beneath the same frond the stoat appeared. The same little by-play went on;
the daring, questioning look.
Again I was in the way, alike
of the stoat and of nature; for there is no distinguishing between them.
Rabbits, too, eat grass, and are prolific breeders. Were there no check,
they would soon need the country to themselves. Nor could all the stoats do
more than keep them in their place. That man finds some use for rabbits has
no significance. The original plan simply provided for the due control of
one wild species by another, and the survival of that best able to look
after itself. Nor does the blindness of man render the adjustments of nature
less necessary, nor the turning of the gun against the stoat less barbarous.
The larger weasel alters his
hue. That means that he is a more northerly species, or as far as our own
country is concerned, that he dwells in ruder places and a little further up
the slope. A white coat—against the rain-darkened soil of an open winter on
the plain—would be a danger to the dwellers there, and an indictment against
Nature. Very rarely, from causes that are obscure, the lesser weasel is
found white. The albino is known in many other species whose habitual coat
is of sober hue. It seems to point to some common source, it may be a very
distant reversion. In the case of the weasel, it may arise from a cross.
These are exceptional. The change that makes the summer stoat into the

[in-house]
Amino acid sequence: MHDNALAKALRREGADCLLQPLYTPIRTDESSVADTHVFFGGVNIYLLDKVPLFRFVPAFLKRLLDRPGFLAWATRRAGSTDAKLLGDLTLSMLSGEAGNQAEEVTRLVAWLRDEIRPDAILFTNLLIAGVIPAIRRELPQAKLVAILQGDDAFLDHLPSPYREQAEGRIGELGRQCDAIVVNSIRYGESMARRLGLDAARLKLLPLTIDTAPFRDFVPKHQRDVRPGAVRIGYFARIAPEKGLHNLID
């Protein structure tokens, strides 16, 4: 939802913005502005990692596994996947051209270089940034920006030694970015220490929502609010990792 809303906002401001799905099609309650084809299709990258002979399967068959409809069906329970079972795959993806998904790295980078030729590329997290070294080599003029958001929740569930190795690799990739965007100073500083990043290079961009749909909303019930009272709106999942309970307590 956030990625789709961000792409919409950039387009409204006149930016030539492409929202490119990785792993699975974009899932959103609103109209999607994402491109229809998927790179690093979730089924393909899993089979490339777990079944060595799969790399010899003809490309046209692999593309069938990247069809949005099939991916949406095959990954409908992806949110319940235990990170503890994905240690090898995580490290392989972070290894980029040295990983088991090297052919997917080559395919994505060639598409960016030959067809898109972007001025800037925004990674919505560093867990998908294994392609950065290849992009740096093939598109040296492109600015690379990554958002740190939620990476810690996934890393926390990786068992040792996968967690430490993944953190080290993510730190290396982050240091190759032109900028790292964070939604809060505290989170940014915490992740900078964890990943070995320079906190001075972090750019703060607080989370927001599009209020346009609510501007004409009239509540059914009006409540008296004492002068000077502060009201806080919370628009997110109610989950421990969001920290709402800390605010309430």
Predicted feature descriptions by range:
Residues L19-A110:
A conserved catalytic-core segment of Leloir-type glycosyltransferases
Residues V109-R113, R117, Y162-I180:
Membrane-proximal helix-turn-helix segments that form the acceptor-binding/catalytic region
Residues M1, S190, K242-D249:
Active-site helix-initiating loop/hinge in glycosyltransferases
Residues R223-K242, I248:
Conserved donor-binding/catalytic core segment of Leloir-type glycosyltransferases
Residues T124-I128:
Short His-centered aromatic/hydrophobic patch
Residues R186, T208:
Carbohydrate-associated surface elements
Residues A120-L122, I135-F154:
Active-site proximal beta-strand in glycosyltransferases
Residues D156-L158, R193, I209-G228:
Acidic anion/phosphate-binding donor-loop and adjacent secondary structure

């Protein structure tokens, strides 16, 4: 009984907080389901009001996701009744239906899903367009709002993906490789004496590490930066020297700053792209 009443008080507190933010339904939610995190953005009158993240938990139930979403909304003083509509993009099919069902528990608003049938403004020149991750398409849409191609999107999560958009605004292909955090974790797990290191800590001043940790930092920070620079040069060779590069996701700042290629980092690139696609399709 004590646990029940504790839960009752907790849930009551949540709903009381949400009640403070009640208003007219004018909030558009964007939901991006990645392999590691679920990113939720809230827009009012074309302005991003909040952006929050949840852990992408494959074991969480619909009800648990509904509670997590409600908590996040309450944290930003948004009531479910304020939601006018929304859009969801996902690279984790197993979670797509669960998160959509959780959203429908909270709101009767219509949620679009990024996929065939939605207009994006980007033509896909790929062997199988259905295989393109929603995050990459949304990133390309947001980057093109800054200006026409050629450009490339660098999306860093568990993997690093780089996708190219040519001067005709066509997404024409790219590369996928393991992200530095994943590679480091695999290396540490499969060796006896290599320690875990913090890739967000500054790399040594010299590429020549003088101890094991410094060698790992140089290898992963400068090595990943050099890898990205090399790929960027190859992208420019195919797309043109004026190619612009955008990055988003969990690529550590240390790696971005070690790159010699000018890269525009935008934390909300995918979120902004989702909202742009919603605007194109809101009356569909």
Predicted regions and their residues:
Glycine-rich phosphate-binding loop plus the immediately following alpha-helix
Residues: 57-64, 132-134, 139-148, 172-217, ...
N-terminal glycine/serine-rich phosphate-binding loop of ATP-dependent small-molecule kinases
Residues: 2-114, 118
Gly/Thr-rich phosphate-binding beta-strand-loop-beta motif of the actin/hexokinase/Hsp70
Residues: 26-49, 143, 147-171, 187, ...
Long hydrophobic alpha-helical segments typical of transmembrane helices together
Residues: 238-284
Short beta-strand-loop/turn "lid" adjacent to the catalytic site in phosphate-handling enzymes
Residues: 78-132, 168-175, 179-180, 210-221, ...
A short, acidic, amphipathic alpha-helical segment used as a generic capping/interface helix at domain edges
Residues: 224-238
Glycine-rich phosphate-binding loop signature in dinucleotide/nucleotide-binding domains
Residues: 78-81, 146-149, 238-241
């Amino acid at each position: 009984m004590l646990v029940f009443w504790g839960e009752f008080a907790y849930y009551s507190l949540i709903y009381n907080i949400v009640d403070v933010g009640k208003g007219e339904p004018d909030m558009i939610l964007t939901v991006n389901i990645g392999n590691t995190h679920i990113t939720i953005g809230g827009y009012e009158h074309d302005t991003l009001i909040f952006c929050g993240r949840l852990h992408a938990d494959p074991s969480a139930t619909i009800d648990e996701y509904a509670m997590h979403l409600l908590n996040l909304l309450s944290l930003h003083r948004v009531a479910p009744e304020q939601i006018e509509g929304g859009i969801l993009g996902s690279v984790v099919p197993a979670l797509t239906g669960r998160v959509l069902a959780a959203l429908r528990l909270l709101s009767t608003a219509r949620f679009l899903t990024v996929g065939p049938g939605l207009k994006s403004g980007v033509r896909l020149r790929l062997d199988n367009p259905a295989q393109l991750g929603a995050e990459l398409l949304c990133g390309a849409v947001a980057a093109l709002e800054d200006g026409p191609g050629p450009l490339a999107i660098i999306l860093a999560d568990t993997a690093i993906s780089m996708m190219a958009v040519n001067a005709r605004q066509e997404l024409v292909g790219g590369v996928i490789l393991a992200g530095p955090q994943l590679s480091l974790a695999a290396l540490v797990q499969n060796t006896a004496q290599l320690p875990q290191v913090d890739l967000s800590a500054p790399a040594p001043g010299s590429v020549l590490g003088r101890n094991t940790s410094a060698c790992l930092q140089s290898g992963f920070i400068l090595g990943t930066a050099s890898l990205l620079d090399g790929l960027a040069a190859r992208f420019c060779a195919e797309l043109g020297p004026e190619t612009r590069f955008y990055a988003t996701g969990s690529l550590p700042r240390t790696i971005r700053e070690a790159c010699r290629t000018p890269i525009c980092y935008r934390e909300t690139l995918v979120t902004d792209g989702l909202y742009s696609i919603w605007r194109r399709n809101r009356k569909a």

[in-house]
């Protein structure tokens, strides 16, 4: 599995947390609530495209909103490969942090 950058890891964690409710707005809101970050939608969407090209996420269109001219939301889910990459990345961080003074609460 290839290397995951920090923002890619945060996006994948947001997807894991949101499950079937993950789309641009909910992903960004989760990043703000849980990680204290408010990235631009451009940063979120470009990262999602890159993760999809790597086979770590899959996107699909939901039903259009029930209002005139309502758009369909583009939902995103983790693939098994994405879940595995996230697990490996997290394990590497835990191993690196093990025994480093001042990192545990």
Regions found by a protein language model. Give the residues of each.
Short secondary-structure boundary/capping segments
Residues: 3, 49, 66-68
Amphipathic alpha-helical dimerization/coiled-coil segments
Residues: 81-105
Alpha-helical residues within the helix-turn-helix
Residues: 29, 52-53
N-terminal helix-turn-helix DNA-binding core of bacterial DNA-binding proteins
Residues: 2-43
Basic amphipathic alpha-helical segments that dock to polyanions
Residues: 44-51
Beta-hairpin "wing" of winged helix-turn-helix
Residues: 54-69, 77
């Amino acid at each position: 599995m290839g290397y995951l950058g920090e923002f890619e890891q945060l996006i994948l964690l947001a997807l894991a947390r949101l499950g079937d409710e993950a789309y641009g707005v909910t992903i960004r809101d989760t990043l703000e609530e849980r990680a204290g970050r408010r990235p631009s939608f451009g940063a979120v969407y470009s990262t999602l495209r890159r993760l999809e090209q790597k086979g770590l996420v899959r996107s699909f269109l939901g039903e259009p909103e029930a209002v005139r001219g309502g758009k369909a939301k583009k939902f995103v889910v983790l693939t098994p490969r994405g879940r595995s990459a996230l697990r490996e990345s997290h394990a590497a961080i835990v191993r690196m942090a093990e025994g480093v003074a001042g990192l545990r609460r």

winter ermine may have one of two meanings.
The primal use is to make the
wearer invisible, or hard to detect on a sheet of snow. This explains why
the change occurs in winter, and fixes the haunt where snow habitually lies.
Against so pure and uniform a background, a differently toned object must be
easily seen, and would find no place of concealment. Much more readily would
it be seen than on the snowless hillside, amid whose varied toning, hues
might be found in accord with its own.
Were the hues to remain dark,
the pursuer would be seen by the pursued at a longer distance away, and the
chances of capture be much lessened. The struggle for a living would become
harder, it may be beyond the line of hunger to starvation. When by a process
of selection the coat becomes white, the balance is restored. Once more has
the pursuer a fair chance of capture.
Where snow lies, pursuer and
pursued became white; that is only fair. It is not so with the rabbit; which
seems to show that the ermine has come beyond his natural limits and is an
interloper, or that living forms are very much mixed in this land of ours.
The winter white may be meant
to conceal from enemies and give a fair chance of escape. Easily seen, a
dark object is easily captured. In its turn pursuer is in the place of
pursued. There is something pathetic in this change of coat. It shows what
care Nature has of her own, how catholic she is. With an infinite fair play